December 10, 2013
Are cool secret compartments another casualty of the drug war?
The somewhat silly question in the title of this post is my response to this somewhat silly Slate piece sent my way by a helpful former student. The piece by Justin Peters, Slate's crime correspondent, is headlined "We Are Now Criminalizing Awesome Secret Compartments. What Is Wrong With This Country?" and here are excerpts (with links included):
I have been obsessed with hidden compartments since I was a kid. As a child, I was delighted to learn that it was possible to conceal your valuables inside a hollowed-out book. (For more on this topic, consult the valuable Wikipedia article “Concealing objects in a book.”)...
If we can agree that there’s nothing lamer than an inept secret compartment, let’s also stipulate that there’s nothing more impressive than a good one. These days, the best secret compartments are usually found in vehicles, where they are often used by criminals to conceal drugs, weapons, or other contraband. The most sophisticated of these “traps” look like the sort of thing you’d see in spy movies. Earlier this year in Wired, sometime Slate contributor Brendan I. Koerner wrote about Alfred Anaya, a California man who was among the best trap-car builders in the land. Anaya built intricate, almost undetectable secret compartments that could only be opened by hitting various buttons and switches in succession. Koerner mentions one trap installed behind the back seat of a truck, “which Anaya had rigged with a set of hydraulic cylinders linked to the vehicle’s electrical system. The only way to make the seat slide forward and reveal its secret was by pressing and holding four switches simultaneously: two for the power door locks and two for the windows.” The man was some sort of genius.
He was also, allegedly, a criminal, at least in the eyes of the Drug Enforcement Administration. According to the DEA, much of Anaya’s business came from drug traffickers who used his “trap cars” to smuggle illegal narcotics cross-country. Though Anaya was not involved in the drug business himself, and took pains to avoid asking his clients about why they needed his compartments, the feds claimed he was an active conspirator all the same. A jury agreed, and Anaya is now serving a more-than-20-year sentence in federal prison.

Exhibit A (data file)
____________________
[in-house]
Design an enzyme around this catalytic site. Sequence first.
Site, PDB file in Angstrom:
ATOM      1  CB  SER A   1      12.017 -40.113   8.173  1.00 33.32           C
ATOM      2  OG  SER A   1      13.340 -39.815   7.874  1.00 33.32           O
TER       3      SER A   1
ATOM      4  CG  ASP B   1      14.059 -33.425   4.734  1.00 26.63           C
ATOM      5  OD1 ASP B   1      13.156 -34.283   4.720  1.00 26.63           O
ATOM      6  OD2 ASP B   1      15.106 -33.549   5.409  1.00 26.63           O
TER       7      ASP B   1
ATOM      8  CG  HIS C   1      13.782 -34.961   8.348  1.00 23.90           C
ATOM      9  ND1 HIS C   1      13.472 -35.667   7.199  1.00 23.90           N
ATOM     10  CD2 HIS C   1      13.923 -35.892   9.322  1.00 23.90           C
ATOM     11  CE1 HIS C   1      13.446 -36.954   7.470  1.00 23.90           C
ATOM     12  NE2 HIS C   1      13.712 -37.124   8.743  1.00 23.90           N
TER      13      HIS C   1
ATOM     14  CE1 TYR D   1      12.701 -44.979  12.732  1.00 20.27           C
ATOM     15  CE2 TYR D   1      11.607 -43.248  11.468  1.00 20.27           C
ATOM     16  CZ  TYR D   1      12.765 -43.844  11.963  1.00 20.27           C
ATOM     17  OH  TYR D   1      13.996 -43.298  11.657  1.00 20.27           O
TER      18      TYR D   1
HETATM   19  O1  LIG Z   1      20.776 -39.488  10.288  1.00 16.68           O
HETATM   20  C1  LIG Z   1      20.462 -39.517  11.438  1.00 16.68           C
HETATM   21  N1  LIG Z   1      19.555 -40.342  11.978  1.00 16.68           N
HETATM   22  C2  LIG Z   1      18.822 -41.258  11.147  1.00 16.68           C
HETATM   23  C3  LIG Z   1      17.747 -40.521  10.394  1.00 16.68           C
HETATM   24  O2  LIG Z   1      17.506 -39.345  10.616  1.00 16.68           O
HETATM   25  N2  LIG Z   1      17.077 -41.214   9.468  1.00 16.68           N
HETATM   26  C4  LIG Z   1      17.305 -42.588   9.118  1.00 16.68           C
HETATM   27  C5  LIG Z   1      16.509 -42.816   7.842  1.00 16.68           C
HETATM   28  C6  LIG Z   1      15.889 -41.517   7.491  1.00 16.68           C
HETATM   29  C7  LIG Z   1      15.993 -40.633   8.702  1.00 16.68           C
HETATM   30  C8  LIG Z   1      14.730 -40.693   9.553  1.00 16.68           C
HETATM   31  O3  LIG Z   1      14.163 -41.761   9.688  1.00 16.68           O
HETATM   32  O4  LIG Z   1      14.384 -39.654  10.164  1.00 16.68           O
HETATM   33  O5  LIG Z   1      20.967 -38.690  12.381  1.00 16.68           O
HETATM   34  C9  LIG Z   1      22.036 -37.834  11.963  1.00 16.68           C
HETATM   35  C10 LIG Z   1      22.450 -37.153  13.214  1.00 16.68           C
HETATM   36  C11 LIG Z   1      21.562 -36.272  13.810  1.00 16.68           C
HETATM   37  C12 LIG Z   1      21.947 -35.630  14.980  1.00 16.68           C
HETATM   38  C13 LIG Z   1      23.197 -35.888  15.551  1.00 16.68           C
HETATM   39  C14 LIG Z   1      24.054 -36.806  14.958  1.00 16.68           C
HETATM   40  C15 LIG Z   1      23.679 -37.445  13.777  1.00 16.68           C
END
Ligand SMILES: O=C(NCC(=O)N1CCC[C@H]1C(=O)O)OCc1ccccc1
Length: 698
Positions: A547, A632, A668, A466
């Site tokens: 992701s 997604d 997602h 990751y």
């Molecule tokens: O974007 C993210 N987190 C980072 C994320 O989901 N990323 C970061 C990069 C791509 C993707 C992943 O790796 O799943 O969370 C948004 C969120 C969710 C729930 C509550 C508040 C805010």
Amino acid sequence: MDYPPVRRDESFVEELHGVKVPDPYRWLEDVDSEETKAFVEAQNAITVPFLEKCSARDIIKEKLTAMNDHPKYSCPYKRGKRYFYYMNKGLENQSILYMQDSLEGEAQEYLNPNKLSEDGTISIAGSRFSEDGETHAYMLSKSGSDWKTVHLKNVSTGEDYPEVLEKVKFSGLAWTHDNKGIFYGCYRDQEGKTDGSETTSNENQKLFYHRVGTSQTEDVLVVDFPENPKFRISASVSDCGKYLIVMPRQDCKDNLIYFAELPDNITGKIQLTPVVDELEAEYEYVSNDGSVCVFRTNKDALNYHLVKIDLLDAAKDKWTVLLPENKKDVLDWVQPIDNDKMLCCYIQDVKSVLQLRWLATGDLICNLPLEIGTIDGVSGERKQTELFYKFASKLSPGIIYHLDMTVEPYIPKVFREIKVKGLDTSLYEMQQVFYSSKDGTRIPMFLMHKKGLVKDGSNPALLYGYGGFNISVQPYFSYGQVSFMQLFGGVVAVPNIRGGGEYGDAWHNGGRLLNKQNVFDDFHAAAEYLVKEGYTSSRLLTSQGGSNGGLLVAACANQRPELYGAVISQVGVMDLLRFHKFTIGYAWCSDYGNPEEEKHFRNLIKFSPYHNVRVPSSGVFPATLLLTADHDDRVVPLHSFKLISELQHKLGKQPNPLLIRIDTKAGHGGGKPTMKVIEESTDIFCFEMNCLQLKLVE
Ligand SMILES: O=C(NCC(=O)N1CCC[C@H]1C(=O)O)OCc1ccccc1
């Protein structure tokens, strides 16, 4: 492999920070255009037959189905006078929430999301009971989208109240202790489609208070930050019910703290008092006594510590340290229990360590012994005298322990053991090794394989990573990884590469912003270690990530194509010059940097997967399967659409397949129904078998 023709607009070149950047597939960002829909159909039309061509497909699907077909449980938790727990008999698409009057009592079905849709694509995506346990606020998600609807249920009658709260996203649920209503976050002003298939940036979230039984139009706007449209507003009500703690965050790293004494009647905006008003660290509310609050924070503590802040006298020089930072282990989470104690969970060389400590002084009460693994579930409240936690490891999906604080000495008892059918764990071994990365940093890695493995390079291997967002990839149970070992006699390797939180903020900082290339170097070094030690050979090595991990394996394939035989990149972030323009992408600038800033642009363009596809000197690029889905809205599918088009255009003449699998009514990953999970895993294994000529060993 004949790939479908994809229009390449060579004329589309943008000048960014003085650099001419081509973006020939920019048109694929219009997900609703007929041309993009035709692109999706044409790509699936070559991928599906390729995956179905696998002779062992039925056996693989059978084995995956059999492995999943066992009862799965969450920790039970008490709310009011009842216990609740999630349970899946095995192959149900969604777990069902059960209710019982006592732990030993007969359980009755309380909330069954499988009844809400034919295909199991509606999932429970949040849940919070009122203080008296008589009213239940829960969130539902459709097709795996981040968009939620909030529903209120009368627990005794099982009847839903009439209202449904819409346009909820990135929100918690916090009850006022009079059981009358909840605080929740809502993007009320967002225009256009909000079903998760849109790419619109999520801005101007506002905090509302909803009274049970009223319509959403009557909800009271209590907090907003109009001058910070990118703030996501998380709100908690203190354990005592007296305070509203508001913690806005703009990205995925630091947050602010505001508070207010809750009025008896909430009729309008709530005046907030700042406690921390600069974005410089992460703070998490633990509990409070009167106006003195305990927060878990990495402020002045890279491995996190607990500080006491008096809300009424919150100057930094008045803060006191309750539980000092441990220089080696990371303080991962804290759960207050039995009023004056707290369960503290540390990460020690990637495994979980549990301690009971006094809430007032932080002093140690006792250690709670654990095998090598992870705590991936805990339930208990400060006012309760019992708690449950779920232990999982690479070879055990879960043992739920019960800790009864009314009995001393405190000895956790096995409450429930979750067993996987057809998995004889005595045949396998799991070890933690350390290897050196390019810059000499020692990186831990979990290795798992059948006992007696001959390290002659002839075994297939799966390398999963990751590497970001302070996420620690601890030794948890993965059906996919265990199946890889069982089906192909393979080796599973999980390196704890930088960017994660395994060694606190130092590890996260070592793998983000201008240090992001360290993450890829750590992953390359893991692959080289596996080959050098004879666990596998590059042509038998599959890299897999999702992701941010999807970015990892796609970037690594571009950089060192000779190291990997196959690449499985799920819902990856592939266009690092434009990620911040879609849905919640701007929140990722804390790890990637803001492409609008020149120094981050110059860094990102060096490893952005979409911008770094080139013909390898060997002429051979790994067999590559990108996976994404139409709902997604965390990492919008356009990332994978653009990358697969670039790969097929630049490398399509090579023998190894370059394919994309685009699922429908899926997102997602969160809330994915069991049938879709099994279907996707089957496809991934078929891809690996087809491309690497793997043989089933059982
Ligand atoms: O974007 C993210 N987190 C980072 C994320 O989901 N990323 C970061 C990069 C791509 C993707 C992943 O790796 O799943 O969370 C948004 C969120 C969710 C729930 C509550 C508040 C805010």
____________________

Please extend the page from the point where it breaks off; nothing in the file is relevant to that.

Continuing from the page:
While, as Koerner notes, it’s not a federal crime to build a hidden vehicular compartment, some states are passing laws that effectively make it a crime to have one installed. In 2012 Ohio passed a law making it a felony to knowingly build or install a trap “with the intent to facilitate the unlawful concealment or transportation of a controlled substance.” Intent is a malleable concept, though, and it can be troublesome from a civil-liberties standpoint. A week before Thanksgiving, Ohio state troopers arrested a man named Norman Gurley for having a secret compartment in his car. Though the compartment was completely empty, troopers still claimed that Gurley had intended to use it to smuggle illegal drugs. “Without the hidden compartment law, we would not have had any charges on the suspect,” a Highway Patrol lieutenant said after Gurley’s arrest.
Other people have already weighed in on why exactly that’s so problematic, and I won’t belabor the points that they have so capably made. All I’m going to say is that it strikes me as a damn shame, and somewhat un-American, to criminalize the sort of ingenuity you need to build a good trap-car. I have no problem with cops arresting people who build pathetic hidden compartments; those artless people deserve their fates. And if you’re caught concealing substantial quantities of illegal drugs, well, the fact that you may have violated a hidden-compartment law is probably the least of your worries. But merely conceiving of and installing a good one ought to be celebrated, not criminalized. Who says America doesn’t build things anymore?
December 10, 2013 at 07:35 PM | Permalink
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Too bad that Alfred Anaya didn't also teach federal applicants how to fool lie detector tests so that he could have been charged as a Career Criminal and spent the rest of his life in prison, instead of just 20 years. If I remember correctly, the DEA set up a sting and set up Anaya by commenting out loud about the proposed uses for his compartments. Just like they set up stings for merchants by posing as customers who buy meth-making household items (aluminum foil, charcoal, common acids and bases, etc.) and talk to each other about "cooking".
This is our country and we get what we deserve. No America doesn't stink but it smells worse every year and goes more bankrupt every year, financially and intellectually. But that is what both Republicans and Democrats want, tax-paying zombie voters indoctrinated by the US educational system, entrapment be damned. Both lying - claiming that they alone have the capacity to protect you when the truth is they can't protect anyone.
Make room Detroit, we're coming to join you.
Posted by: albeed | Dec 10, 2013 10:55:20 PM
The Pentagon Papers are in one such compartment in my boat trailer as we speak. They are protected speech. They are intended to Petition my government for redress of grievances in the Vietnam War. The papers are being stored to protect them from thieves and from RepubliCons who have their own version of the Vietnam War. This is a protected space. I have a right of privacy under the First, Fourth, Fifth, Ninth and Fourteent Amendments and the Third as well because I don't want any troops quartered in my boat trailer.
Posted by: Liberty1st | Dec 10, 2013 11:37:03 PM
might also want to remember to put in a second secret compartment with a weapon you can use on the little Nazi wannabee's when they start bothering you about your EMPTY first compartment!
Posted by: rodsmith | Dec 11, 2013 11:49:27 PM